Transforming Dior Into a House of Blues
PARIS — The good news: This time, there were no fencing outfits. The bad news: They have been replaced by a meditation on the uniform, in its various guises, from schoolgirl to WAC to policewoman. In her second ready-to-wear collection for Christian Dior, Maria Grazia Chiuri took her feminism further out of the realm of the literal — but not quite far enough.
Ms. Chiuri was inspired, she said, by a quotation from M. Dior in “The Little Dictionary of Fashion” that reads: “Among all the colors, navy blue is the only one which can ever compete with black. It has all the same qualities.” That made her think about the way that blue — military and otherwise — can erase all gender lines; and then about the unisex “uniform of the street,” which is to say, bluejeans; and then about the way children are separated by color, so boys wear blue, and how that doesn’t make any sense. So she reclaimed the shade.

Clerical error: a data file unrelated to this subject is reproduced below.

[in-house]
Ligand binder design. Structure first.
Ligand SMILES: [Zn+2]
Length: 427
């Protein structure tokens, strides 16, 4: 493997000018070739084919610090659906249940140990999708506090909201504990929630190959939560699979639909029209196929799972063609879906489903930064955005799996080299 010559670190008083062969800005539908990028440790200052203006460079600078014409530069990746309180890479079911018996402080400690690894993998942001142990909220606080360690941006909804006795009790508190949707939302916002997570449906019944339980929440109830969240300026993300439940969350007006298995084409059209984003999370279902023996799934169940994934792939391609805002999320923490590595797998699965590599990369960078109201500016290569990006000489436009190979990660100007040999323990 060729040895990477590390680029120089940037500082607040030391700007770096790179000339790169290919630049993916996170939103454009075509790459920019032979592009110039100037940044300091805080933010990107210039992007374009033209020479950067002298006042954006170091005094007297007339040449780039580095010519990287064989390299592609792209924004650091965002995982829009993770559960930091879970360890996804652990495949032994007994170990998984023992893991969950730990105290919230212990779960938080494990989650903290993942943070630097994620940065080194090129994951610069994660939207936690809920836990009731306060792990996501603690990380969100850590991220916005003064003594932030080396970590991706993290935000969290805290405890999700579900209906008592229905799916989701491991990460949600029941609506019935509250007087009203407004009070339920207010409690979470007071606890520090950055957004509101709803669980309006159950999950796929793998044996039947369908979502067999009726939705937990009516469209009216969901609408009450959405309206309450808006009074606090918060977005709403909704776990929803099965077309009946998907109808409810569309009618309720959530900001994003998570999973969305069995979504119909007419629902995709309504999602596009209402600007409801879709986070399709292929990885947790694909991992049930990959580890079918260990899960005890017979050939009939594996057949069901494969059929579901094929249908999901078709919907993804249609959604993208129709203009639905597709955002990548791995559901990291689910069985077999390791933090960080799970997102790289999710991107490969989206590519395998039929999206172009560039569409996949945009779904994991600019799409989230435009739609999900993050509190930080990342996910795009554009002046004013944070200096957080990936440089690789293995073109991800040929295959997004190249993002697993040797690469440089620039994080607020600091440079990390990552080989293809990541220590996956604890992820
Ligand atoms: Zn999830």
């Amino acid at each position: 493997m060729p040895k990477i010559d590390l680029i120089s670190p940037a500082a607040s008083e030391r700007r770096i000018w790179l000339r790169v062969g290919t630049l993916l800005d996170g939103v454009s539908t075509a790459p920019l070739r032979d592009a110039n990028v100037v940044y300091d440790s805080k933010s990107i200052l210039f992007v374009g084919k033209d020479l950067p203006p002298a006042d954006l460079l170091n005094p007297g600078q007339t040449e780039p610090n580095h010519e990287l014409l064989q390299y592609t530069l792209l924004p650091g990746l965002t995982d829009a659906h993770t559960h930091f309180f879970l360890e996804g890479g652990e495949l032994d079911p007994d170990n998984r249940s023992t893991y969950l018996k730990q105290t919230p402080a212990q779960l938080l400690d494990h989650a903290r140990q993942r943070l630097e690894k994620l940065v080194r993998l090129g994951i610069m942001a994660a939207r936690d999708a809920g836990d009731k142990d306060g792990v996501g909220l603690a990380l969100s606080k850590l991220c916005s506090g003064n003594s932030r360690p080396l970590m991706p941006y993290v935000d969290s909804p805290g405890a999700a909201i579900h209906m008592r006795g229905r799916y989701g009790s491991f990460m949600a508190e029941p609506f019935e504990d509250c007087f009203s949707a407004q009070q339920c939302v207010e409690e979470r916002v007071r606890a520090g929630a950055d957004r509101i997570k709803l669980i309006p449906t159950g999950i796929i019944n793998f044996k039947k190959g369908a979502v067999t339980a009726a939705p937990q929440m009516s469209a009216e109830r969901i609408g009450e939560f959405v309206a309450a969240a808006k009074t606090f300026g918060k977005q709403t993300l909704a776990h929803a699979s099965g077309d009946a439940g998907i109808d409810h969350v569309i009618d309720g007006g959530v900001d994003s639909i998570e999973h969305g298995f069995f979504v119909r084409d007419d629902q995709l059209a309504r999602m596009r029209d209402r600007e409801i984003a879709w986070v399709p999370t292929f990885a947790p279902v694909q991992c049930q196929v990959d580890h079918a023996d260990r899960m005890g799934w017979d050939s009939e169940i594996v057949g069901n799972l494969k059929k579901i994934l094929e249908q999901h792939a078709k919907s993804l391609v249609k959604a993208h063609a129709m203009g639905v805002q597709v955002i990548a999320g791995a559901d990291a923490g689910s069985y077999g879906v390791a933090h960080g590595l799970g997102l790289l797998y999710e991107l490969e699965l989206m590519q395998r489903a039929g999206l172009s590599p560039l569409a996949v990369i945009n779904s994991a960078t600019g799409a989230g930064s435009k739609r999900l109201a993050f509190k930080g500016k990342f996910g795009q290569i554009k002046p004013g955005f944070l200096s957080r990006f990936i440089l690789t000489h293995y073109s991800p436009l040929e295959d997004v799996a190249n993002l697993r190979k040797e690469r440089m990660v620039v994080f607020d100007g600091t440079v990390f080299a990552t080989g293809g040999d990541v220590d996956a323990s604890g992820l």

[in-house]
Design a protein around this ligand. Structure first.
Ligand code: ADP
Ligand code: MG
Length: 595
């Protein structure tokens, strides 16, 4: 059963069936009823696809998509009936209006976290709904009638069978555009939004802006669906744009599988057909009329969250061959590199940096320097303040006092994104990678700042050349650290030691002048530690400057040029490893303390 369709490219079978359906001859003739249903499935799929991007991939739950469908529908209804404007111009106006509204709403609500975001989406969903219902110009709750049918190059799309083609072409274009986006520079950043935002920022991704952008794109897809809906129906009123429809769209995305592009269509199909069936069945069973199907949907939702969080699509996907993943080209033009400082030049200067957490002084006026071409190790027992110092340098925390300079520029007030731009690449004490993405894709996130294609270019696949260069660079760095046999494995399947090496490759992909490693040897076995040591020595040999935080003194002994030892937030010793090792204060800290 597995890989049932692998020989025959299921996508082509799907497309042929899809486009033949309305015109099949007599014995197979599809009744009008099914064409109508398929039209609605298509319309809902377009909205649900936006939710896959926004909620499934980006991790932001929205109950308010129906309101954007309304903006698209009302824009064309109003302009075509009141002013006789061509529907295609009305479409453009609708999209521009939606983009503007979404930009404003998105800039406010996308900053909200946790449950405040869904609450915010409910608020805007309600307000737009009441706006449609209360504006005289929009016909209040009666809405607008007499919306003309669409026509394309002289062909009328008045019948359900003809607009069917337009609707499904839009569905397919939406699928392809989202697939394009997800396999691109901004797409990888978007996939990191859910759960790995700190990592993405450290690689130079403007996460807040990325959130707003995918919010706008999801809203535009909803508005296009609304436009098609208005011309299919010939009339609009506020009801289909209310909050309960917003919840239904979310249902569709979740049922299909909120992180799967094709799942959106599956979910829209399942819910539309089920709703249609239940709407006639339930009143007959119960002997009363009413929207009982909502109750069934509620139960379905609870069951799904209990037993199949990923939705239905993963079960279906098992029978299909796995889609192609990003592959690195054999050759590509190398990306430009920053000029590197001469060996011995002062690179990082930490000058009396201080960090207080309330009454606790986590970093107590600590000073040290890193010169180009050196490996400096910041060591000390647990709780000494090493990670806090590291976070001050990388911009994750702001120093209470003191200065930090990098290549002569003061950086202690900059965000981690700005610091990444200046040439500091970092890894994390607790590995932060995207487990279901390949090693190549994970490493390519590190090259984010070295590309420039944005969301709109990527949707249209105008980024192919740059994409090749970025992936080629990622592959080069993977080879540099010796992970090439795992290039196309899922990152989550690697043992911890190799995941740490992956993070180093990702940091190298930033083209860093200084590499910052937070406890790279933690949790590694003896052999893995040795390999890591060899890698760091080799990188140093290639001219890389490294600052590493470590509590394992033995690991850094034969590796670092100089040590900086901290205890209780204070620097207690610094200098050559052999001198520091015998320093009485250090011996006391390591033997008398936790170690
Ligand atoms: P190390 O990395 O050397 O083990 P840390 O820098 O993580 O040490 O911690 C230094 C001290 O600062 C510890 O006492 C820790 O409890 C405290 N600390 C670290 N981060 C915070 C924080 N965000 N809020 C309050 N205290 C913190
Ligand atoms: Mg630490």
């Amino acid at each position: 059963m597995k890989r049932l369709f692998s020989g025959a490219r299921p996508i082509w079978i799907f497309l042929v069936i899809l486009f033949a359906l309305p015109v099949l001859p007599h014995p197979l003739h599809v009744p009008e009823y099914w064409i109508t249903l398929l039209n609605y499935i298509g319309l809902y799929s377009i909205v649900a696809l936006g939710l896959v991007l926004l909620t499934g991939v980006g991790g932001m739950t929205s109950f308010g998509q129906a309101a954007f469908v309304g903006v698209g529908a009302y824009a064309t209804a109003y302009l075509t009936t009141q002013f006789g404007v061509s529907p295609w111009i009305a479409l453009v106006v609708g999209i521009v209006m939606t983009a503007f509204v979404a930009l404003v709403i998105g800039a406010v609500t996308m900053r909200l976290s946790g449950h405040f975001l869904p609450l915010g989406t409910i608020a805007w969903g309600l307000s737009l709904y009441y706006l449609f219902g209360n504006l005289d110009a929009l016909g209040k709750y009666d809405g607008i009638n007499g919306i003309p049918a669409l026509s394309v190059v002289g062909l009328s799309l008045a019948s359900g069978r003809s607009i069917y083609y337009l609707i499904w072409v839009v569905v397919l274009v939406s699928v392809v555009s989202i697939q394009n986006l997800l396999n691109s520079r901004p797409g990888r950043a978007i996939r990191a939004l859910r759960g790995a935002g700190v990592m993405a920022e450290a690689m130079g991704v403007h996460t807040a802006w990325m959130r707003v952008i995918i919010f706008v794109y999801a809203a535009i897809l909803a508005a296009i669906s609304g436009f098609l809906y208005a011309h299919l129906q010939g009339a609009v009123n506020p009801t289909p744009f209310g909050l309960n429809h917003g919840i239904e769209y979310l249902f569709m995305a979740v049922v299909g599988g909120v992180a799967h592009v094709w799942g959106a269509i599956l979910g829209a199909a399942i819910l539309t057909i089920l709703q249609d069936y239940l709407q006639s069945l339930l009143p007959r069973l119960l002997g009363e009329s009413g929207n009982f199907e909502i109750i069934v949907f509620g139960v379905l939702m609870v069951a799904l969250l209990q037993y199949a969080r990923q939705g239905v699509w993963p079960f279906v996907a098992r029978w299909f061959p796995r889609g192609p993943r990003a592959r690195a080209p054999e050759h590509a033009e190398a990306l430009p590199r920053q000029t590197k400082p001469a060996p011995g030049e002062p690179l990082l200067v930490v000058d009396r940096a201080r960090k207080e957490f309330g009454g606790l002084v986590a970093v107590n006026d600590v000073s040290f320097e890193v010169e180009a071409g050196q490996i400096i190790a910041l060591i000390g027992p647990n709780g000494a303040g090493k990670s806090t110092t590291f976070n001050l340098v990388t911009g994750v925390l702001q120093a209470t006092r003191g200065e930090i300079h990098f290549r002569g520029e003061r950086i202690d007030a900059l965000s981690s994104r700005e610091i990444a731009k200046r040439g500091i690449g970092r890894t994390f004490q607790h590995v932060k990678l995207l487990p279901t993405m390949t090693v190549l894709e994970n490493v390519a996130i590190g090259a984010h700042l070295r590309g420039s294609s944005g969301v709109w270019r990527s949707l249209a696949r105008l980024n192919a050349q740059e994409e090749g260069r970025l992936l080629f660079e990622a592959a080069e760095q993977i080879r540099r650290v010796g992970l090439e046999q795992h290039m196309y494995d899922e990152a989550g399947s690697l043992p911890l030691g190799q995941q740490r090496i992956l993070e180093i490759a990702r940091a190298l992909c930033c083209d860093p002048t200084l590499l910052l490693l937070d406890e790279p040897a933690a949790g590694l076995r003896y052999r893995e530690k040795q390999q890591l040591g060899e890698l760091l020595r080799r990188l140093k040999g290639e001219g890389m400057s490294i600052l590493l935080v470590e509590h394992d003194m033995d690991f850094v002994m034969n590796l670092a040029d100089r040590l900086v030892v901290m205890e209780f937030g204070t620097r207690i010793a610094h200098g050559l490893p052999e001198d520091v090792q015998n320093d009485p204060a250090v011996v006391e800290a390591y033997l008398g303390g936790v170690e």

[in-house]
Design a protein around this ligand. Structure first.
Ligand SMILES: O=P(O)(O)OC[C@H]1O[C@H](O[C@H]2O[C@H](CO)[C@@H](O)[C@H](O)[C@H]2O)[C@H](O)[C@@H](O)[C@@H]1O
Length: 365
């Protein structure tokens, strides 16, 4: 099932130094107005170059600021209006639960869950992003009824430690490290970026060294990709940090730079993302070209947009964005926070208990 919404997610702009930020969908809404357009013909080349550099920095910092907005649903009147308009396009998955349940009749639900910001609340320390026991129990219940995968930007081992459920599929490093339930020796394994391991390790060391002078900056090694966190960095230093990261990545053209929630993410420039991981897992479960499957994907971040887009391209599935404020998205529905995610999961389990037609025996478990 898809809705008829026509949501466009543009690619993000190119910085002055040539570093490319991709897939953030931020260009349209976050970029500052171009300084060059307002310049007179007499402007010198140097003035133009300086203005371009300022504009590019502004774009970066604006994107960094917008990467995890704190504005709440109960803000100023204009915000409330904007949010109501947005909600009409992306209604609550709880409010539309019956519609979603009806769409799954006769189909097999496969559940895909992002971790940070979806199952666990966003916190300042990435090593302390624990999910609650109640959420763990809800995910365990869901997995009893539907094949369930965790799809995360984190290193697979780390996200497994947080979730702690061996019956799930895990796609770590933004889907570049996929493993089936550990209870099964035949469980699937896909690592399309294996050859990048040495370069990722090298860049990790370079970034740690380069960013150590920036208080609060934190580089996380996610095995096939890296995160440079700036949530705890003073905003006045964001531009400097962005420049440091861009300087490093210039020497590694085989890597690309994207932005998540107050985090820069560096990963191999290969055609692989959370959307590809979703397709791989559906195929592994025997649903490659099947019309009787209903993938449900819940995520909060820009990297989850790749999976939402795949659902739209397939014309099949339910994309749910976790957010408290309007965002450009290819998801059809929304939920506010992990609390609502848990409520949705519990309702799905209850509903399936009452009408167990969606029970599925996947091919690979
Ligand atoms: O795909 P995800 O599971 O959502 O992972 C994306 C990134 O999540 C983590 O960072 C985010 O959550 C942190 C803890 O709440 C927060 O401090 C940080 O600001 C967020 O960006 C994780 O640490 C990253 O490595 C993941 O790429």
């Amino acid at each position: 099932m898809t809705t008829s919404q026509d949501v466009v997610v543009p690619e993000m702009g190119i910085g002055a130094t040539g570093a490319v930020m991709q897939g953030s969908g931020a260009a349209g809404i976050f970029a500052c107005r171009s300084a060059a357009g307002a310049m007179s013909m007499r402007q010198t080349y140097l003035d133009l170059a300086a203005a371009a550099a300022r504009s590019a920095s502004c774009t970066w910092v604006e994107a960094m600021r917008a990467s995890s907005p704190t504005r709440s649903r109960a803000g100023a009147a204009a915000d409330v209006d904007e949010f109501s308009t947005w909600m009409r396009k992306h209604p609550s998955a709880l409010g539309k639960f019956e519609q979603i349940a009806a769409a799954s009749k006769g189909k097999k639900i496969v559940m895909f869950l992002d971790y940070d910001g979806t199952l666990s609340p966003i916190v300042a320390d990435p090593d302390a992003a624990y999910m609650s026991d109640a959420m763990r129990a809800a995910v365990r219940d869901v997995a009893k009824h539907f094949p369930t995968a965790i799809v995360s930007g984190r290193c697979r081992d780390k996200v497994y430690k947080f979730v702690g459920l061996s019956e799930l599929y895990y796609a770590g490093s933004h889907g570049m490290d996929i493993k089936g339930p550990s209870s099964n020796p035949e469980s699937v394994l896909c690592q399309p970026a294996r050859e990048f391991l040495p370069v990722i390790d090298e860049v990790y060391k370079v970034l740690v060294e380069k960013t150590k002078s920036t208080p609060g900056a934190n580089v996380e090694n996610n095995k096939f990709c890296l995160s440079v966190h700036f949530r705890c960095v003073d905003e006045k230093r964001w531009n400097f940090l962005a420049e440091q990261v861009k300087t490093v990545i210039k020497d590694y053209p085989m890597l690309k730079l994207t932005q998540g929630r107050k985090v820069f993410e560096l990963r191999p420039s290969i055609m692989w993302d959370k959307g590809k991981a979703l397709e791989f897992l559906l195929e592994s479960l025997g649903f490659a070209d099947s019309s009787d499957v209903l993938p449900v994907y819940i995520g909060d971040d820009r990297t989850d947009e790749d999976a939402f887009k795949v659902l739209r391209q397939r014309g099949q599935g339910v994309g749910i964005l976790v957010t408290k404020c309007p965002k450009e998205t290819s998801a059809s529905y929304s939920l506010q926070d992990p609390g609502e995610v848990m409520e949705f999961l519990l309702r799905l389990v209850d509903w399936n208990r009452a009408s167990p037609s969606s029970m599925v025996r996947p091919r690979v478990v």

She did it by taking work wear tropes (shirtwaists and cargo pants and hoodies) and remaking them in taffeta, the fabric of formality. That was clever. She did it with angora knits and cloudlike skirts and elegantly understated jersey tailoring, along with her familiar starry, starry sky embroidered fairy tale gowns. They were pretty.
But she also did it with faded denim coveralls stenciled with sign language gestures, dark denim boyfriend jeans and sheer point d’esprit and tulle corseted debutante dresses revealing big pants with a “Christian Dior” elastic band at the waist, many paired with leather berets and mirrored glasses that smacked of role play. And that fell flat.
Since arriving at Dior, Ms. Chiuri has been trying to give the brand known for the Bar and the New Look a genuinely modern identity by injecting a dose of rock ’n’ roll hardware into the mix. On her mood board, displayed in a preview, were pictures of a navy Dior gown from 1947 and Nina Simone’s “Little Girl Blue” album.
It’s a commendable (and necessary) strategy. As is the idea of proposing a personal, as opposed to professional, uniform, which would make every woman’s life easier. Ms. Chiuri herself, most often found in a white shirt and jeans, is a case in point. The problem is, the two worlds haven’t meshed yet, and their tension is not resolved. She gets trapped between her theme and an haute place.
As a result, in the game of free association that occurs once the last look had left the runway, the reference that came to mind was not “Rhapsody in Blue.” It was the Moody Blues.
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